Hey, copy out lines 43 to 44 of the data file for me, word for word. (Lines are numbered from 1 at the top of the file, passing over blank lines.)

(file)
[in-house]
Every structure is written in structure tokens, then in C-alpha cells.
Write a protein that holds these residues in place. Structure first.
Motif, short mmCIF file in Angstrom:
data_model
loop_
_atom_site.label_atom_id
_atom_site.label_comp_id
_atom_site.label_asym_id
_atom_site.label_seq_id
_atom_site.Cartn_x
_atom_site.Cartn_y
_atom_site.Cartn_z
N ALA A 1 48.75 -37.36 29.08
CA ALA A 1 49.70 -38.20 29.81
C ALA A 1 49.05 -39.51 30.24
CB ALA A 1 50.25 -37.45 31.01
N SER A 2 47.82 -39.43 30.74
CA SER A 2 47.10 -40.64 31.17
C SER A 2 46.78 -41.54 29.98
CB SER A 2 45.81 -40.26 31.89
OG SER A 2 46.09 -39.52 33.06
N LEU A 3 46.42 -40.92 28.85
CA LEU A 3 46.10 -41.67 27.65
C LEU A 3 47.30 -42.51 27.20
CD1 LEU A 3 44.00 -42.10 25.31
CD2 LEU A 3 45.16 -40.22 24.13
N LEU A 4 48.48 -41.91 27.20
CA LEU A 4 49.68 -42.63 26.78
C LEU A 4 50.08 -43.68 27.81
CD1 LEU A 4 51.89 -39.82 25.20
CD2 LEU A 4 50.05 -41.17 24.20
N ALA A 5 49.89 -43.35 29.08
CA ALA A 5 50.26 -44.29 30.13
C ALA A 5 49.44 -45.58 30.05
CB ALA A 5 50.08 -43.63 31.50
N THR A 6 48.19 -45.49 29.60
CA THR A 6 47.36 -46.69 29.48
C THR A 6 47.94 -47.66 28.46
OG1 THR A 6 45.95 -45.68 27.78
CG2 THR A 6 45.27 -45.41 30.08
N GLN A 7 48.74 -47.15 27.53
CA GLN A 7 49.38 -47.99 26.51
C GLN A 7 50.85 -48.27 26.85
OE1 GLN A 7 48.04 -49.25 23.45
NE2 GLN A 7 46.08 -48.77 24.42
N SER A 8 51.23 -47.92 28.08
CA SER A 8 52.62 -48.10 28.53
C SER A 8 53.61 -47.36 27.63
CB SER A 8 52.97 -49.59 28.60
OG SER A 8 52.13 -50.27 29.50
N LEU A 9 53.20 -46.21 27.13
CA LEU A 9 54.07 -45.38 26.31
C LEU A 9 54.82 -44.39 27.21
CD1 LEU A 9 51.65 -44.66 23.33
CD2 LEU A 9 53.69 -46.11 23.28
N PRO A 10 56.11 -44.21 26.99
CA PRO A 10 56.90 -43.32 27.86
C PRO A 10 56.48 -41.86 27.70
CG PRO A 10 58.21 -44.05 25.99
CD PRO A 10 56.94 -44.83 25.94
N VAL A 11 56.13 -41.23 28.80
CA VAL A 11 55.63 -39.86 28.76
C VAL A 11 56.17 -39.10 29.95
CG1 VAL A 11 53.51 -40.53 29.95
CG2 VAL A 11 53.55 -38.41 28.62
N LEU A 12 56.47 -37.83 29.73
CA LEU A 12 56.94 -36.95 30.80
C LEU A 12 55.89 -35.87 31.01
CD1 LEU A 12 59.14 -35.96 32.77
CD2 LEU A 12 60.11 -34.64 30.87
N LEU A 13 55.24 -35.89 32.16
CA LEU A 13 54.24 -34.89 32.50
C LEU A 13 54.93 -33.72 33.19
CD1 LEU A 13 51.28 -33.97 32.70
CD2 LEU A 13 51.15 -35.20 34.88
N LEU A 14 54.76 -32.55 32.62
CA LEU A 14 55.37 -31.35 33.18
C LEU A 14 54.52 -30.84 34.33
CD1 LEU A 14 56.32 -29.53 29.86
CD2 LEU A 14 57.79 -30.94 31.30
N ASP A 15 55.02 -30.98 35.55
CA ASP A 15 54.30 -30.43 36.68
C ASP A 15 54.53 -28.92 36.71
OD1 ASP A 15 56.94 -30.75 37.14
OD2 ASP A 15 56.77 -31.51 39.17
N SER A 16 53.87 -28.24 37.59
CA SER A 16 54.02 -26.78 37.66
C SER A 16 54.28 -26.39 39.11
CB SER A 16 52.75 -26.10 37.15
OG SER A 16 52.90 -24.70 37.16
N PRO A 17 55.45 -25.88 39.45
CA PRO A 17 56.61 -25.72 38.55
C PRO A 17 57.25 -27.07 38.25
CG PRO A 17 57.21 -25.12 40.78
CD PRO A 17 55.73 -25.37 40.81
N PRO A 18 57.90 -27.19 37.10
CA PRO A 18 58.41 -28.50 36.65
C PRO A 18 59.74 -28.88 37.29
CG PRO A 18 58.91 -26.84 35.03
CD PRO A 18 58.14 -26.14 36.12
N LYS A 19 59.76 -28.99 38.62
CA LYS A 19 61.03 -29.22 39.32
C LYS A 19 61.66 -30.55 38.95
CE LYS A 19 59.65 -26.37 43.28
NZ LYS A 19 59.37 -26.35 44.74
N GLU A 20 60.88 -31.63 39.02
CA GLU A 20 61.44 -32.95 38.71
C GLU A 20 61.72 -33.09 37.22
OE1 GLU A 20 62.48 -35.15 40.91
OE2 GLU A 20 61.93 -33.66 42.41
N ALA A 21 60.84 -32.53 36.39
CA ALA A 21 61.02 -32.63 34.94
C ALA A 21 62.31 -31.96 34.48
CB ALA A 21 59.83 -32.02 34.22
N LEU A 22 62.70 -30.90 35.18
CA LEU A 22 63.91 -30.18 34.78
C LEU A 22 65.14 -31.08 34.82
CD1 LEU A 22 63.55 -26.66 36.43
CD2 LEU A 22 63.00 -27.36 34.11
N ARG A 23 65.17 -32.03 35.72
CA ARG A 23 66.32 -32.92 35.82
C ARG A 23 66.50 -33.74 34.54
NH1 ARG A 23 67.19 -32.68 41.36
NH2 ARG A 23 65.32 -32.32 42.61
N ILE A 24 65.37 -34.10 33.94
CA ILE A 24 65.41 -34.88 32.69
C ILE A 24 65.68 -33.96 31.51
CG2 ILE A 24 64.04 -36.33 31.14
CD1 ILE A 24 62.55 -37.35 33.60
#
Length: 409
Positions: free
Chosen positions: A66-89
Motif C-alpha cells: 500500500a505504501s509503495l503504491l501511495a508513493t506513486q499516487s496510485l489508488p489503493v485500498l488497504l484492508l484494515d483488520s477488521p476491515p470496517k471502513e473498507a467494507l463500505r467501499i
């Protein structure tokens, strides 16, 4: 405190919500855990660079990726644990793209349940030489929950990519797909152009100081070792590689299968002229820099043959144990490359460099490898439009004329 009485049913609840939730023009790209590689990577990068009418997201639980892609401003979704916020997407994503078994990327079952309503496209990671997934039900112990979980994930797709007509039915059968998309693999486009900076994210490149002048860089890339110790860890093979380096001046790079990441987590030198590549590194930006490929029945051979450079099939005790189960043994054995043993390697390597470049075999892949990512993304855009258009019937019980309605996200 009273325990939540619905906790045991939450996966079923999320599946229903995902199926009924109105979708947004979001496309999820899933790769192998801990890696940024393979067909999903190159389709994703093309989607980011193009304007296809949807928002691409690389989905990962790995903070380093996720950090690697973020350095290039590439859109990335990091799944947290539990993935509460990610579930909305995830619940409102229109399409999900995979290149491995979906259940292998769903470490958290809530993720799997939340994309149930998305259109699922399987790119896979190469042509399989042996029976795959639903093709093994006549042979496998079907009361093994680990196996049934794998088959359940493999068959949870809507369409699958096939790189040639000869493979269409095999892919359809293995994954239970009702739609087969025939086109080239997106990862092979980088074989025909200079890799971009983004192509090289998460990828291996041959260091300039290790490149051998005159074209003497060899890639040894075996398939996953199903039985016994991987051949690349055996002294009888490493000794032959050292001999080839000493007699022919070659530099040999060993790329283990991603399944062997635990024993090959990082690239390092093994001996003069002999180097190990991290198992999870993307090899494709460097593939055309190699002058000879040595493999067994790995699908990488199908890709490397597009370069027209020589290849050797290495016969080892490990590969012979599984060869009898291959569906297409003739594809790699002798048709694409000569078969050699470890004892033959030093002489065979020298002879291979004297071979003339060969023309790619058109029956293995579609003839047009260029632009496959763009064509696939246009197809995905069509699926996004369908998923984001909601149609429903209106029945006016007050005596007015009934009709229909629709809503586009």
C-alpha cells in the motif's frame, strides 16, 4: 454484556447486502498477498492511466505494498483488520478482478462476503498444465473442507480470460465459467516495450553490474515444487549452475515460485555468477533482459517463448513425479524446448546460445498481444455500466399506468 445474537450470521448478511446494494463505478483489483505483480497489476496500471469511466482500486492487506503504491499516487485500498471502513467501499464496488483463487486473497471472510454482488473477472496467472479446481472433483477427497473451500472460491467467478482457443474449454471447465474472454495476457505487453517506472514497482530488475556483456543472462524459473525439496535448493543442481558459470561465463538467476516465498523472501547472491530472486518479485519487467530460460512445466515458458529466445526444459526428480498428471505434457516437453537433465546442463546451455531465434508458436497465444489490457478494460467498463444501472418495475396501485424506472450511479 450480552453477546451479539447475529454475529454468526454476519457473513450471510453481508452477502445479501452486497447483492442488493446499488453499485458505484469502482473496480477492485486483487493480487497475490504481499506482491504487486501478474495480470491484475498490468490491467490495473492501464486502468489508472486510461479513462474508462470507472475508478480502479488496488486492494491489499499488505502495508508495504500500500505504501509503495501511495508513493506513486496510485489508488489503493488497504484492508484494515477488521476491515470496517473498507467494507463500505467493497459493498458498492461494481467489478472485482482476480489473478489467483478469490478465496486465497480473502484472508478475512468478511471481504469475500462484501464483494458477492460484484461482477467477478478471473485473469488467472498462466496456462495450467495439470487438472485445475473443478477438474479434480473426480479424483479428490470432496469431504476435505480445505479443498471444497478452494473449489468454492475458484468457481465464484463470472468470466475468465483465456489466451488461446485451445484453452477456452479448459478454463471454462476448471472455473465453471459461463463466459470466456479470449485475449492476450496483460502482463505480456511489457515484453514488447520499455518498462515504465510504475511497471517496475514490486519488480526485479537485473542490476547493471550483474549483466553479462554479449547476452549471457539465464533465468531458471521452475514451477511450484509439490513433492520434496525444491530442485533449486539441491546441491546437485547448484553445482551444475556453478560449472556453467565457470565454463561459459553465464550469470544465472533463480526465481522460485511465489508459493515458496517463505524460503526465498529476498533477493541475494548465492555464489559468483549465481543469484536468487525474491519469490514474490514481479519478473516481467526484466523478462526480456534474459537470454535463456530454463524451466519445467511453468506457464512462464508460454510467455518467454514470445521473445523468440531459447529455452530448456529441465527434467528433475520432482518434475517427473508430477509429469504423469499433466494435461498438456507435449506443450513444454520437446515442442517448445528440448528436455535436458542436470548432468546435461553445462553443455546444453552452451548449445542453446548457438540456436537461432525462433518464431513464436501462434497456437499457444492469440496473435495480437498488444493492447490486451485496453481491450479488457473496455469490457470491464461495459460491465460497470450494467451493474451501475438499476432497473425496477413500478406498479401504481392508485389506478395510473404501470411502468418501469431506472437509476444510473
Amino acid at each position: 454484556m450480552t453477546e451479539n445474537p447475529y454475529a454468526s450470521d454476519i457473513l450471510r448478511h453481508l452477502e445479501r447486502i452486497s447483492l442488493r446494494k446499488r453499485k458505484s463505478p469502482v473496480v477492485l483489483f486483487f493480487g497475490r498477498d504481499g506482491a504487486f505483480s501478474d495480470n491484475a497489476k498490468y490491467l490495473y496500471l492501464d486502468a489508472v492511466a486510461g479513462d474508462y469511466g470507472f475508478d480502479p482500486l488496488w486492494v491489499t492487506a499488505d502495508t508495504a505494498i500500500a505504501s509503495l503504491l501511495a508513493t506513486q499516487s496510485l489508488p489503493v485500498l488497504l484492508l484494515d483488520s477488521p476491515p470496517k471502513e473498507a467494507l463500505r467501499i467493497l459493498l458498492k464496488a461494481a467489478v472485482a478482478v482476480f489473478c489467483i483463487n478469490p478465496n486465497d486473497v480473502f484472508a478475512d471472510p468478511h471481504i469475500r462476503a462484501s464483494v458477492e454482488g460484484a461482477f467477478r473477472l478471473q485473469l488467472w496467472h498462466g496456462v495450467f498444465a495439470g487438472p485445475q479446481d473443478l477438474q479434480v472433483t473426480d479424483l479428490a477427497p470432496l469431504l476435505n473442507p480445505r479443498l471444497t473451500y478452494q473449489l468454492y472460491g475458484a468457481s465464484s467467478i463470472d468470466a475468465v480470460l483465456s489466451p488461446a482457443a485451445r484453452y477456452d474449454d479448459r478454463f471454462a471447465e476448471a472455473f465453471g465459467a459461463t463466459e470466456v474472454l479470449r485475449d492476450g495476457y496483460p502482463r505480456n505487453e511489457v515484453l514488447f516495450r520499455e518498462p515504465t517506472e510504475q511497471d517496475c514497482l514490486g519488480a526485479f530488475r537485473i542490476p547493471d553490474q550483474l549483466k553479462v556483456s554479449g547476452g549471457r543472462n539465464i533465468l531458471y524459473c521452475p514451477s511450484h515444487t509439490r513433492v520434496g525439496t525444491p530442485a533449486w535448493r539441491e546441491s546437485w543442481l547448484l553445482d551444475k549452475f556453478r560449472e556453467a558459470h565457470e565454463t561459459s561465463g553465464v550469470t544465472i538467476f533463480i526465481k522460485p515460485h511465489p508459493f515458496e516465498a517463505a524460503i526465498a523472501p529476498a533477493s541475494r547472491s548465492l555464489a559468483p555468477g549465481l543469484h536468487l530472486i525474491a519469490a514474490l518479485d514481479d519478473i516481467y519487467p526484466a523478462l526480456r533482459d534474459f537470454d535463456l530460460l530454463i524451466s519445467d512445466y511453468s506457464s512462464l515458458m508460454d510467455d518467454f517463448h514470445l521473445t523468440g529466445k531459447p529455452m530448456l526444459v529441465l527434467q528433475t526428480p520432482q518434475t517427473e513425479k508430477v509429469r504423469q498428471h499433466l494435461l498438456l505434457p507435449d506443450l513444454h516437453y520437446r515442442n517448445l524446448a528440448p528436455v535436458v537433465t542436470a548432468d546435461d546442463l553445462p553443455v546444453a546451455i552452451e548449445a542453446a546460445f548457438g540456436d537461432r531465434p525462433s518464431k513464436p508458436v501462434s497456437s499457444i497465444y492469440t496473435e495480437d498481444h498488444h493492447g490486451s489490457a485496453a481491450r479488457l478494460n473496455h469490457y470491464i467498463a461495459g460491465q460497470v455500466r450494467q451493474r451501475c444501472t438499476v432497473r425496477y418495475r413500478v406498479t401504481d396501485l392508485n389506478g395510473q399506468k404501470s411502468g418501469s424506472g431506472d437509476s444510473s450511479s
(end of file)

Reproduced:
CA GLN A 7 49.38 -47.99 26.51
C GLN A 7 50.85 -48.27 26.85